Workshop 5: Integrating Civic Engagement into Faculty Life
Participants will explore new understandings of faculty work that include (1) a growing emphasis on teaching as inquiry, (2) a broader understanding of what counts as legitimate scholarship, and 3) how these open the way to conceptualize public and civic engagement as an expression of the “complete scholar.” In his 1996 essay “Making a Place for the New American Scholar,” Gene Rice explores the emergence of a new constellation of faculty interests and activities. Building on both Emerson’s “The American Scholar” and his own collaboration with Ernest Boyer, Rice identifies “the assumptive world of the academic professional” and the ways in which change is pressuring that world. Several of the themes laid out in Rice’s essay will be used as the starting point for this workshop—especially his call for academics to become a “complete scholar.” The facilitators and the participants will reflect on how the movement toward a more “engaged academy” provides opportunities for faculty to integrate professional integrity with personal fulfillment.
Resources: Course Revision Exercise, Reflection
Nadinne Cruz, Consultant and former Director for HAAS Center for Public Service at Stanford University; and Ed Zlotkowski, Senior Faculty Fellow, Campus Compact and Professor, Bentley College
Workshop 6: Achieving Coherence in Assessing Faculty Work in the New Academy
Faculty members are often asked to be models and mentors to students to foster learning and development beyond the traditional classroom. These expanded roles create new challenges for the evaluation of teaching and can make it a difficult undertaking. This workshop will provide a strategy for faculty assessment that consists of three major phases: (1) determining expectations; (2) collecting and organizing evidence; and (3) using evidence for both institutional (personnel evaluation for salary increase, promotion and tenure decision) and individual (personal improvement) purposes. This workshop is intended for faculty who desire to learn more about how to improve their teaching through faculty assessment, and for administrators and faculty committees charged with designing and implementing an evaluation program. Extensive resource materials will be distributed.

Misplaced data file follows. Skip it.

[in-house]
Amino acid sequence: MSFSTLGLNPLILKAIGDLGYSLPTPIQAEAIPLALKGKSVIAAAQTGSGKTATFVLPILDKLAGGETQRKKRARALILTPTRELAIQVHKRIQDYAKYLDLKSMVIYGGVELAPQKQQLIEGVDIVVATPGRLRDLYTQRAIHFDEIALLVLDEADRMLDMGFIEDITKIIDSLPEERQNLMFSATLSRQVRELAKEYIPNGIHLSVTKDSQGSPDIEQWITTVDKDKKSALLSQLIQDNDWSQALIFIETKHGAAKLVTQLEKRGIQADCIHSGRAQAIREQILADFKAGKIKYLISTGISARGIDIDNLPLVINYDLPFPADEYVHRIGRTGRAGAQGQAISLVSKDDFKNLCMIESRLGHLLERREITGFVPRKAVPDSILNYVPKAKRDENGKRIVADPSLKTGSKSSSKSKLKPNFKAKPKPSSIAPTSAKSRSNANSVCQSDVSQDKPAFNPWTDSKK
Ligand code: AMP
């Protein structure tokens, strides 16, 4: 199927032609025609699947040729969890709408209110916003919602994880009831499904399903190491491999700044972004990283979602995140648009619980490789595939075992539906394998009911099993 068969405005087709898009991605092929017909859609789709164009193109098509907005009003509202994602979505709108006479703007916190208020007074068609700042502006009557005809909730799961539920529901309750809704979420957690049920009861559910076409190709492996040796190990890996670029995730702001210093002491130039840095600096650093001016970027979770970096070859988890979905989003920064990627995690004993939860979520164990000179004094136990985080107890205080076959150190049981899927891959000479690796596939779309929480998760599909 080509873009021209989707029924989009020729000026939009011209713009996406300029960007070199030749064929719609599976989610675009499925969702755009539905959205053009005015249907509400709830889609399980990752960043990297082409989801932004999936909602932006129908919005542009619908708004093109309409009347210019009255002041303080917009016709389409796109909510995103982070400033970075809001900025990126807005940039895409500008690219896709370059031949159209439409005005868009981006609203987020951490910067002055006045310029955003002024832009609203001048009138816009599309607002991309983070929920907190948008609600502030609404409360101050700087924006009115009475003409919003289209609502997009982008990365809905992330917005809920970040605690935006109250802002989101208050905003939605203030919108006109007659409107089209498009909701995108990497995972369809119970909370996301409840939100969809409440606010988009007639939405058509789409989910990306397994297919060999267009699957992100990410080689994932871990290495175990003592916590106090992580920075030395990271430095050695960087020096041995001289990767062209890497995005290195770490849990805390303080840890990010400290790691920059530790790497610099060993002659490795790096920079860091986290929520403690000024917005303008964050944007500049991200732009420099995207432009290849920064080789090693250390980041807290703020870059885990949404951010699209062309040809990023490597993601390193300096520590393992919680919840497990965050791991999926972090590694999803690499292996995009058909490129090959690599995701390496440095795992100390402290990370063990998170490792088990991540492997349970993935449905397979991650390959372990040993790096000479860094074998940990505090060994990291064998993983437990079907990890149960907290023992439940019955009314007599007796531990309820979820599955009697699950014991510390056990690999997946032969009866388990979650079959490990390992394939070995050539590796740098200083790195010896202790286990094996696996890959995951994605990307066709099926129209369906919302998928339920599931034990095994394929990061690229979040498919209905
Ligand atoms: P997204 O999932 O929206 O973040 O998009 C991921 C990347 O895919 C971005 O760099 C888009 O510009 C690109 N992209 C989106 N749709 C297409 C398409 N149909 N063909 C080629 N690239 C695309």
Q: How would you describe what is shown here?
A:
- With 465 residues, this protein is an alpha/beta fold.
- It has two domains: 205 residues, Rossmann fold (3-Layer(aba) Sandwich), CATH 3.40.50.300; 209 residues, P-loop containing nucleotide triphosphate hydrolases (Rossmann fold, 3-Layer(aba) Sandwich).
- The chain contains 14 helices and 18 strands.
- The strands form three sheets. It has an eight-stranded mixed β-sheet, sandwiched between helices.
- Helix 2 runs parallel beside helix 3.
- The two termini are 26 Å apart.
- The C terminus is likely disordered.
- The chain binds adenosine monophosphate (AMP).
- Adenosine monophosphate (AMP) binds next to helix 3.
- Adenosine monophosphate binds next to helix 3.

Resources: Using Evidence, Rubric Exercise, References, Survey
Larry A. Braskamp, Professor Emeritus, Loyola University Chicago; and William H. Pallett, President, The IDEA Center
7:00 – 8:30 p.m.
Welcome and Keynote Address
Liberty and Duty: Faculty Responsibility in an Age of Accountability